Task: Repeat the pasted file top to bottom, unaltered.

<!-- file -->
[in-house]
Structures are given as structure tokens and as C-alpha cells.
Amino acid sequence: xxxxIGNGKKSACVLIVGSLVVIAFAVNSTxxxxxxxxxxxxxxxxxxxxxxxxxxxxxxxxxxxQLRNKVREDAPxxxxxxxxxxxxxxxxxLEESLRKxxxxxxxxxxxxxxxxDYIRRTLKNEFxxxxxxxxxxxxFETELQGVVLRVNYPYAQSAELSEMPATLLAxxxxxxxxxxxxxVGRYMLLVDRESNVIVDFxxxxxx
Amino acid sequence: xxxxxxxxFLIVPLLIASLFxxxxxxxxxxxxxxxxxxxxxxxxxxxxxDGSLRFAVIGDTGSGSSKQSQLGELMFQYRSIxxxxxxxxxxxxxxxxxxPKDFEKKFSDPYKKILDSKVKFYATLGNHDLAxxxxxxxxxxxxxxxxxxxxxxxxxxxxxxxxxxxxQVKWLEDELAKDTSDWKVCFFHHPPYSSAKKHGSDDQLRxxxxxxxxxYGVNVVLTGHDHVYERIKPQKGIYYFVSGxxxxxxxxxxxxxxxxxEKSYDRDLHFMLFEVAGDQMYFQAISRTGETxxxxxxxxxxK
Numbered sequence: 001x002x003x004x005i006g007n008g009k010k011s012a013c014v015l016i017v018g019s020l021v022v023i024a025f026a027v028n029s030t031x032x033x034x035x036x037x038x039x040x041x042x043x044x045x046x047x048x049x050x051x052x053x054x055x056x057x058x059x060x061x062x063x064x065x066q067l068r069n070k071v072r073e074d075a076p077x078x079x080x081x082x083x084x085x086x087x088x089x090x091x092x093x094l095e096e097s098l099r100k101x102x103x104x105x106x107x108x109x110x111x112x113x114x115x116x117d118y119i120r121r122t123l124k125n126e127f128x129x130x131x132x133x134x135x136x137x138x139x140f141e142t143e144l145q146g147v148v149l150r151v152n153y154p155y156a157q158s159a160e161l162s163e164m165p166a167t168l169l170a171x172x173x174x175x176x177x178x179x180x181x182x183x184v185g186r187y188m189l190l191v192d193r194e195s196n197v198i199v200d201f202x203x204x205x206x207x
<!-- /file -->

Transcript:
[in-house]
Structures are given as structure tokens and as C-alpha cells.
Amino acid sequence: xxxxIGNGKKSACVLIVGSLVVIAFAVNSTxxxxxxxxxxxxxxxxxxxxxxxxxxxxxxxxxxxQLRNKVREDAPxxxxxxxxxxxxxxxxxLEESLRKxxxxxxxxxxxxxxxxDYIRRTLKNEFxxxxxxxxxxxxFETELQGVVLRVNYPYAQSAELSEMPATLLAxxxxxxxxxxxxxVGRYMLLVDRESNVIVDFxxxxxx
Amino acid sequence: xxxxxxxxFLIVPLLIASLFxxxxxxxxxxxxxxxxxxxxxxxxxxxxxDGSLRFAVIGDTGSGSSKQSQLGELMFQYRSIxxxxxxxxxxxxxxxxxxPKDFEKKFSDPYKKILDSKVKFYATLGNHDLAxxxxxxxxxxxxxxxxxxxxxxxxxxxxxxxxxxxxQVKWLEDELAKDTSDWKVCFFHHPPYSSAKKHGSDDQLRxxxxxxxxxYGVNVVLTGHDHVYERIKPQKGIYYFVSGxxxxxxxxxxxxxxxxxEKSYDRDLHFMLFEVAGDQMYFQAISRTGETxxxxxxxxxxK
Numbered sequence: 001x002x003x004x005i006g007n008g009k010k011s012a013c014v015l016i017v018g019s020l021v022v023i024a025f026a027v028n029s030t031x032x033x034x035x036x037x038x039x040x041x042x043x044x045x046x047x048x049x050x051x052x053x054x055x056x057x058x059x060x061x062x063x064x065x066q067l068r069n070k071v072r073e074d075a076p077x078x079x080x081x082x083x084x085x086x087x088x089x090x091x092x093x094l095e096e097s098l099r100k101x102x103x104x105x106x107x108x109x110x111x112x113x114x115x116x117d118y119i120r121r122t123l124k125n126e127f128x129x130x131x132x133x134x135x136x137x138x139x140f141e142t143e144l145q146g147v148v149l150r151v152n153y154p155y156a157q158s159a160e161l162s163e164m165p166a167t168l169l170a171x172x173x174x175x176x177x178x179x180x181x182x183x184v185g186r187y188m189l190l191v192d193r194e195s196n197v198i199v200d201f202x203x204x205x206x207x